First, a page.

Do I Have to Consent to a Search of My Vehicle?
You are driving along Magnolia Avenue in Orlando when you see those red and blue sirens start to flash. A police officer is pulling you over. Are you required to consent to a search of your vehicle?
This is a frequently asked question and an important one. In general, police need to obtain a warrant to conduct a search of you or your vehicle. However, in the context of a traffic stop, they only require probable cause to initiate a search.
You may be asking yourself, “what is probable cause?” Well, it is rooted in the Fourth Amendment to the United States Constitution. It means a police officer, in order to conduct a search or arrest you, must have a reasonable basis to believe you violated the law or there was evidence of a violation of the law, according to the Legal Information Institute. In other words, the officer must observe some action, or inaction, on your part that creates a reasonable basis that a search needs to be conducted. Examples of probable cause include the following:
- You or your vehicle smells of alcohol
- You are displaying characteristics of intoxication (e.g., blood shot eyes)
- You have an open container in the officer’s plain view
- You have other contraband or illegal substances in the officer’s plain view
In the traffic stop context, it is important to remember that if you are pulled over for a minor traffic violation like speeding or a broken tail-light, an officer does not have probable cause to conduct a more invasive search on that basis alone.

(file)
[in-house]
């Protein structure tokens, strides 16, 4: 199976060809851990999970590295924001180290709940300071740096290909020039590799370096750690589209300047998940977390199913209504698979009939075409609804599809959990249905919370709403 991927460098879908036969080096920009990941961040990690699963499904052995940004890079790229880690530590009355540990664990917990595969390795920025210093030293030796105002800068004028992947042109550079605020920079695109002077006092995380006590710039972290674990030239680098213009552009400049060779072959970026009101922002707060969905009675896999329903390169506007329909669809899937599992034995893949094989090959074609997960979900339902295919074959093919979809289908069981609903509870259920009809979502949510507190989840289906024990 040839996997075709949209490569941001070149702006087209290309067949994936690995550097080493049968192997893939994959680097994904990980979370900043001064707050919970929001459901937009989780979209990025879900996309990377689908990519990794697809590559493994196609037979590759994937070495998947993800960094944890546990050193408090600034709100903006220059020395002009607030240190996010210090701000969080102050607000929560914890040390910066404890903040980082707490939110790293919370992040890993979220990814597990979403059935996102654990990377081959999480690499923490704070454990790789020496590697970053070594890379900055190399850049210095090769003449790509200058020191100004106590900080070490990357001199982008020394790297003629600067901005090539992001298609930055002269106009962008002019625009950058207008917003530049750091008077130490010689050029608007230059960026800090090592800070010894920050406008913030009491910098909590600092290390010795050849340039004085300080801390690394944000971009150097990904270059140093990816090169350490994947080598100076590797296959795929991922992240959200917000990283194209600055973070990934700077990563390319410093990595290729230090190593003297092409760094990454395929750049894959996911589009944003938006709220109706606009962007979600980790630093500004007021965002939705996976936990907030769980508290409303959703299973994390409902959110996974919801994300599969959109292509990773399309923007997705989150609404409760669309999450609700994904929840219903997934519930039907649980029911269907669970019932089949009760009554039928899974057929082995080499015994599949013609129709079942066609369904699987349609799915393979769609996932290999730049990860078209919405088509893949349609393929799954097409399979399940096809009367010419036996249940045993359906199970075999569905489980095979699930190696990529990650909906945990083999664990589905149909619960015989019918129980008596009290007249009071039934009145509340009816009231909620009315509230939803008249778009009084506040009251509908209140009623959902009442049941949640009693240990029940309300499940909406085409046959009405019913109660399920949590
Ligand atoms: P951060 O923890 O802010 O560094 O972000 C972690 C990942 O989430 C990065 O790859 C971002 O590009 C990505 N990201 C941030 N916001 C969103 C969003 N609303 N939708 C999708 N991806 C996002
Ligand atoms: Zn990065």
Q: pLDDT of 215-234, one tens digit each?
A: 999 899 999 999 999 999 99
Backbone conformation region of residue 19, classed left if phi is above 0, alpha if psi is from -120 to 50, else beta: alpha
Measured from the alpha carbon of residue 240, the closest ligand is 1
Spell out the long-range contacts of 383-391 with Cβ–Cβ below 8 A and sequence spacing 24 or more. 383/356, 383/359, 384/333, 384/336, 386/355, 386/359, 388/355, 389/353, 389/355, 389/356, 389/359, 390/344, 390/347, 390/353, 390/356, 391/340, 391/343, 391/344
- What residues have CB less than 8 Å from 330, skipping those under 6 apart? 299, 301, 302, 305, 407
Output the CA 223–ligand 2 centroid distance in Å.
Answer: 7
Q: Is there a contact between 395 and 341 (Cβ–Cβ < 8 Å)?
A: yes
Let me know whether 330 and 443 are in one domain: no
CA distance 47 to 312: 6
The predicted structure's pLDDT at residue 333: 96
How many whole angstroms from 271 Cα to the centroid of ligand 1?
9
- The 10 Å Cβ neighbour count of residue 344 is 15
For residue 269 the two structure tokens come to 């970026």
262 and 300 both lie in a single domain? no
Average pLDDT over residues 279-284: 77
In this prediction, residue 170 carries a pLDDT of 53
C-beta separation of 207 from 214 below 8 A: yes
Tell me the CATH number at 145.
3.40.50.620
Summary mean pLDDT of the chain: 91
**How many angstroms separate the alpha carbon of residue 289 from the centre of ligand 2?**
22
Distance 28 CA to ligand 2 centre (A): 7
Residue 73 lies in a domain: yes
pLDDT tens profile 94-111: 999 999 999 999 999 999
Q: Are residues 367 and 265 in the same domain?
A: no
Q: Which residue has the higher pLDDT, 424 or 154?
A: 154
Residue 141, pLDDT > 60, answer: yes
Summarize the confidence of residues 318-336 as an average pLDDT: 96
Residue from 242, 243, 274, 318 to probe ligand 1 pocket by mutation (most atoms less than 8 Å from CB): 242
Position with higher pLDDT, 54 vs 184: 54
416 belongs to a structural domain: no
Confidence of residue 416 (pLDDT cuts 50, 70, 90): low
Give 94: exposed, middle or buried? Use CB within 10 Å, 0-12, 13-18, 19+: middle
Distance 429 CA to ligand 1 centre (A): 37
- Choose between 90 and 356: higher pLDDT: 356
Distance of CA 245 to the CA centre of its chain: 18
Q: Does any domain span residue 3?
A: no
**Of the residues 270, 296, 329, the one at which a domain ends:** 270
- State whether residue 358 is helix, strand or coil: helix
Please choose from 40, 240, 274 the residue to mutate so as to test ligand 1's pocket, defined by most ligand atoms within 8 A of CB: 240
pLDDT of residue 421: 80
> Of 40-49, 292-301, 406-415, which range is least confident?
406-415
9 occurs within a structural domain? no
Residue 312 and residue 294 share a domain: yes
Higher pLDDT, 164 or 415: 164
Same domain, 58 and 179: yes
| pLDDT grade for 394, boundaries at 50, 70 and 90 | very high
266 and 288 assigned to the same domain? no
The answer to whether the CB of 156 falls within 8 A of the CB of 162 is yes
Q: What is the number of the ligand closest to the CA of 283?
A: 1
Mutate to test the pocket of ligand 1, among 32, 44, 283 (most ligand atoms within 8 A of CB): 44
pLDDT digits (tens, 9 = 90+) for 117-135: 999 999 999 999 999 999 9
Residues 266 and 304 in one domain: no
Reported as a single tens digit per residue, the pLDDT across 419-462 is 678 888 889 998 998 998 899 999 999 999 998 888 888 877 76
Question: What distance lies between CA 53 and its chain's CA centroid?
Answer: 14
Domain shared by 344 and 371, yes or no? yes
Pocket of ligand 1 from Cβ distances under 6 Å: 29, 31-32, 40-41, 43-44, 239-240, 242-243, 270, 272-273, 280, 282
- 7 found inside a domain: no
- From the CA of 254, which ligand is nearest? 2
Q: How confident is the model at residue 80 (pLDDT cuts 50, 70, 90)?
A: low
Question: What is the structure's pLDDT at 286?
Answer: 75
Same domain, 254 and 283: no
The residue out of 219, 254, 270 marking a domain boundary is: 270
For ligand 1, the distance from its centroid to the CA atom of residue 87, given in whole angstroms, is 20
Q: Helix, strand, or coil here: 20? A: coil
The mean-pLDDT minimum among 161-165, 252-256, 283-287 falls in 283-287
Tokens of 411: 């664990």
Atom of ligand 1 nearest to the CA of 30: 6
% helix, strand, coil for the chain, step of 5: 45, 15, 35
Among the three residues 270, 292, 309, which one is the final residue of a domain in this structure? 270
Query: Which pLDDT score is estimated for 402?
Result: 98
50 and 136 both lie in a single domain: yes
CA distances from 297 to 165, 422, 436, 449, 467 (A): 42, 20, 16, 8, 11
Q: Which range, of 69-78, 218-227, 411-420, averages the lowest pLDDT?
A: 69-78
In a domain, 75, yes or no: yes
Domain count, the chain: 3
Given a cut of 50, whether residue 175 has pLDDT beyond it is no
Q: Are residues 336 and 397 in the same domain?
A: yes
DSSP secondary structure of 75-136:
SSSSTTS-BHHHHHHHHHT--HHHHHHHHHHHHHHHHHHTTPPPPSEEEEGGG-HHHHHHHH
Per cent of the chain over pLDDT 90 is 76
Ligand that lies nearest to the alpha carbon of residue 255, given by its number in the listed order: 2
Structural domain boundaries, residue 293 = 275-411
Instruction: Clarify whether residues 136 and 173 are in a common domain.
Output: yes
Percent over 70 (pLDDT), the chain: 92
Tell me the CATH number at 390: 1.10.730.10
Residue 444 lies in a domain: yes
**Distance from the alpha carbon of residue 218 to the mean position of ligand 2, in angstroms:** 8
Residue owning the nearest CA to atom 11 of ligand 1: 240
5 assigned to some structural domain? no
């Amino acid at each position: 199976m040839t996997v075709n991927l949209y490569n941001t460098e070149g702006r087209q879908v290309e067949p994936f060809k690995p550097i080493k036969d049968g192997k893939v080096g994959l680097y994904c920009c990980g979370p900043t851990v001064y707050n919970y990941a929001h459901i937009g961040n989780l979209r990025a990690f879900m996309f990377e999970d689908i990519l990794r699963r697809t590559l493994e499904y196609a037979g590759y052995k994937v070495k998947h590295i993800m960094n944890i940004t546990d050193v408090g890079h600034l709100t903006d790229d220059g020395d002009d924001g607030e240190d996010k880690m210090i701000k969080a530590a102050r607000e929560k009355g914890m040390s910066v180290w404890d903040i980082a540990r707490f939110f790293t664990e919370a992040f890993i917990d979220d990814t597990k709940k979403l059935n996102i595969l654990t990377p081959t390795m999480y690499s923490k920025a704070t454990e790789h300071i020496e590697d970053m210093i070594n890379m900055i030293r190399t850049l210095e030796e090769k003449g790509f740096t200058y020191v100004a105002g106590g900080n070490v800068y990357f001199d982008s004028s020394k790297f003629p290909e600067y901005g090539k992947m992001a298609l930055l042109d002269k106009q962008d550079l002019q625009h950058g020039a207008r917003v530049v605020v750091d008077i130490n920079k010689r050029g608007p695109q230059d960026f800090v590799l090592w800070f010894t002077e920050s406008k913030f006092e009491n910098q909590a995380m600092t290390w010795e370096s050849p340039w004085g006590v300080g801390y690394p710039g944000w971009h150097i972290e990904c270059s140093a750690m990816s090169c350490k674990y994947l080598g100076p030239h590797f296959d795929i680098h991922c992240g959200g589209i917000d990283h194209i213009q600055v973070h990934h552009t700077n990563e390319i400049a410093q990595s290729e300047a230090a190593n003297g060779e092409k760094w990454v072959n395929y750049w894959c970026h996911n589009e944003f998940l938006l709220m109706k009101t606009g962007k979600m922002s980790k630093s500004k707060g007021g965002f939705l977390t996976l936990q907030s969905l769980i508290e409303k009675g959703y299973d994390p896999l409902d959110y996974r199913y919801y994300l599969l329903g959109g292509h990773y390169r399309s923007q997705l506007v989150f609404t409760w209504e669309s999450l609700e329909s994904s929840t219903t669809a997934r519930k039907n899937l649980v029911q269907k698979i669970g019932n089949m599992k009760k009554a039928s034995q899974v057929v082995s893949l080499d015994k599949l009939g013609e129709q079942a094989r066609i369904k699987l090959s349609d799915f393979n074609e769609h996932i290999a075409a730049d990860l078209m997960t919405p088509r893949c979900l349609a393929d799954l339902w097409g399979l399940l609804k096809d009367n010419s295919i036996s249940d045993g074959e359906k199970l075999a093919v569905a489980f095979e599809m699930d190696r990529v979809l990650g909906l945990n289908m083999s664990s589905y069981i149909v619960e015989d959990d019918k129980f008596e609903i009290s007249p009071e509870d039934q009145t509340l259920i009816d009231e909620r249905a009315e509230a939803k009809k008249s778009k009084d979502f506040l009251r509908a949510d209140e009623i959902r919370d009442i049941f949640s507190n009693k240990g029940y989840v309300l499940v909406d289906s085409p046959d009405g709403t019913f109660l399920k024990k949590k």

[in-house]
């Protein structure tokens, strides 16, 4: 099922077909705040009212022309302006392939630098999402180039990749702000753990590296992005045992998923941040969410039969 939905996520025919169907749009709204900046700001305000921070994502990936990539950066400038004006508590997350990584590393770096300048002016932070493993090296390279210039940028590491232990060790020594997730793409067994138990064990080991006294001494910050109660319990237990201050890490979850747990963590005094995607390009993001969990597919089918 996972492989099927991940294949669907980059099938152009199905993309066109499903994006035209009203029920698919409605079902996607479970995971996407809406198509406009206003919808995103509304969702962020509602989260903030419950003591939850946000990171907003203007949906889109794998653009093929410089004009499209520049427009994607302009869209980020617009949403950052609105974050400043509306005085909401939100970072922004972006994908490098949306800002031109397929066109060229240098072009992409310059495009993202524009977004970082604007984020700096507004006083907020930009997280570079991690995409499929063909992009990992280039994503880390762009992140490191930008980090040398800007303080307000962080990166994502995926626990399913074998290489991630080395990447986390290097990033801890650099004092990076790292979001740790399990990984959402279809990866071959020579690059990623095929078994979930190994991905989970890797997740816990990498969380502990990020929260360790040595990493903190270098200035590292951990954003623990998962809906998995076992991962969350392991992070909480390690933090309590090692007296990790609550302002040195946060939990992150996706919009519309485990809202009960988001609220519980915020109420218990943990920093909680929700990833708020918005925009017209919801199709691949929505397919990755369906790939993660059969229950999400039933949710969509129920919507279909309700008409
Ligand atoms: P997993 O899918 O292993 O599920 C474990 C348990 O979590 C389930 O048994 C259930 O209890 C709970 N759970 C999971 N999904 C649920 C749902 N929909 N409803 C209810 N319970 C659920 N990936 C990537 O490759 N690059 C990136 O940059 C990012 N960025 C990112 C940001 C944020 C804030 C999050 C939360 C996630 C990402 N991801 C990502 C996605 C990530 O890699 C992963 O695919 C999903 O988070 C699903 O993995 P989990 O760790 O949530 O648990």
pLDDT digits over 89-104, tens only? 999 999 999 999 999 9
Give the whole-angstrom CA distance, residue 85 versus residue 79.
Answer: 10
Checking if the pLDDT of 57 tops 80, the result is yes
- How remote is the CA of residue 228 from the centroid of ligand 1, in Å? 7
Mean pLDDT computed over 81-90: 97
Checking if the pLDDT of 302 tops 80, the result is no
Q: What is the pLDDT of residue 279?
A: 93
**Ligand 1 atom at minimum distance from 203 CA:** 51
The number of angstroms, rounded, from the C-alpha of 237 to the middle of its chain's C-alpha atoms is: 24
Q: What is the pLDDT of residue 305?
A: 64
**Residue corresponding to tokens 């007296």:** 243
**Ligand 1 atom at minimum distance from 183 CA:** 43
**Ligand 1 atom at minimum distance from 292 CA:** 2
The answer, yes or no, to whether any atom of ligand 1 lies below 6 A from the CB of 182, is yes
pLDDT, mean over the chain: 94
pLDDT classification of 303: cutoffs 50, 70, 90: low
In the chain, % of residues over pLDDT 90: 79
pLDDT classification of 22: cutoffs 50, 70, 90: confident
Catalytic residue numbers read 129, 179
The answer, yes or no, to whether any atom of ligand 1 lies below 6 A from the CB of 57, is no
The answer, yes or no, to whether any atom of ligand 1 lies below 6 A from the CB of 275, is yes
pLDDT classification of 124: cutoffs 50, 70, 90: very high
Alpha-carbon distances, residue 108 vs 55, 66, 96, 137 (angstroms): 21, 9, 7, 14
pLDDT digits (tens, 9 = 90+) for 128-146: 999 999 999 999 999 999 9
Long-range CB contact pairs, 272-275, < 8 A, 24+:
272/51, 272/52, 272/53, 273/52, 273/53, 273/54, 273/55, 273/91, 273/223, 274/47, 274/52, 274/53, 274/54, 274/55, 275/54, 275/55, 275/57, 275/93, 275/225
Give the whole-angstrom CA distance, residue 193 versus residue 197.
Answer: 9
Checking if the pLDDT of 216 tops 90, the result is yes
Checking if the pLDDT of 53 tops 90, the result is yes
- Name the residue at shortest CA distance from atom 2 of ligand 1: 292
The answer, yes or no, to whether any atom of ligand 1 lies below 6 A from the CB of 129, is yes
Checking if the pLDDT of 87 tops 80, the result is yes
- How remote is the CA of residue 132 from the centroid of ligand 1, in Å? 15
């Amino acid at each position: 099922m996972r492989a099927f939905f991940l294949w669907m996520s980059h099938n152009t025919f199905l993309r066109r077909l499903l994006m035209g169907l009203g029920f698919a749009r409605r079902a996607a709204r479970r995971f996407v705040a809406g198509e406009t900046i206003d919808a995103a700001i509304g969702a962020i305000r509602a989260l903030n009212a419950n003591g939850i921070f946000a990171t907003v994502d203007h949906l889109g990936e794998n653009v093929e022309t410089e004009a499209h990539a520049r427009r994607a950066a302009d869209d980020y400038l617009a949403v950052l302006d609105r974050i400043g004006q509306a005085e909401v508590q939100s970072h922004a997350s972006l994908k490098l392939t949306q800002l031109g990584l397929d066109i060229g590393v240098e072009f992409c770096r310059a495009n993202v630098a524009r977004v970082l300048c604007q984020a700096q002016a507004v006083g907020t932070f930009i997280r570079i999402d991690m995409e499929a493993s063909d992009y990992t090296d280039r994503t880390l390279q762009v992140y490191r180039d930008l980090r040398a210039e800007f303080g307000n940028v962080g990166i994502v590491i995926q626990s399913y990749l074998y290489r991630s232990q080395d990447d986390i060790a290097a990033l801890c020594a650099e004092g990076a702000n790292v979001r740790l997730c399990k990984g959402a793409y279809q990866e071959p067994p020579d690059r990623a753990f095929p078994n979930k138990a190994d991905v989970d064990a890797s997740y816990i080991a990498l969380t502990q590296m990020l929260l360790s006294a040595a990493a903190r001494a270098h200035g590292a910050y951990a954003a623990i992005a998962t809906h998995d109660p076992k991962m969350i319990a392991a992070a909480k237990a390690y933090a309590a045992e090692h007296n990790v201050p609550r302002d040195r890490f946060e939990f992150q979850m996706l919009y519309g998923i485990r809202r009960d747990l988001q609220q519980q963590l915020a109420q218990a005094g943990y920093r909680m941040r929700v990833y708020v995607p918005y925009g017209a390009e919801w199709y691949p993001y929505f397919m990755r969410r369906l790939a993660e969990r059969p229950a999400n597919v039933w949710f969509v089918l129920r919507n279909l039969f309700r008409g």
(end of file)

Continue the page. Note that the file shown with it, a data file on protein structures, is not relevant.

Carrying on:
Exercise Your Right to Remain Silent
In some instances, a police officer may try to get you to admit violating the law in order to create a basis to conduct a search. For example, an officer may ask, “Do you remember how many drinks you consumed tonight?” In this situation, you have the ability to assert your Fifth Amendment right against self-incrimination. This means you can refuse to admit that you may, or may not, have violated the law.
Refusing a Search Request is Allowed
A common tactic used by police is trying to get you to voluntarily consent to a search. For example, an officer may ask, “You don’t mind if I take a look in your car, do you?” This is a request disguised as a command. Do not fall for it.
You can politely refuse by saying “Officer, I understand you are doing your job, but I will not voluntarily consent to a search.” Always remember that the Fourth Amendment protects your right to refuse a request for a search by Law Enforcement. Deciding to refuse a search request is not an admission of guilt and, generally, cannot be used against you in court.
Speak to an Experienced Orlando Defense Lawyer
If you or a loved one is confronting criminal charges due to a traffic-related matter such as a DUI, contact the legal team at Cotter & Zelman, P.A. in Orlando. We defend clients against a wide range of charges and are ready to help you. Contact our office today to schedule a case review.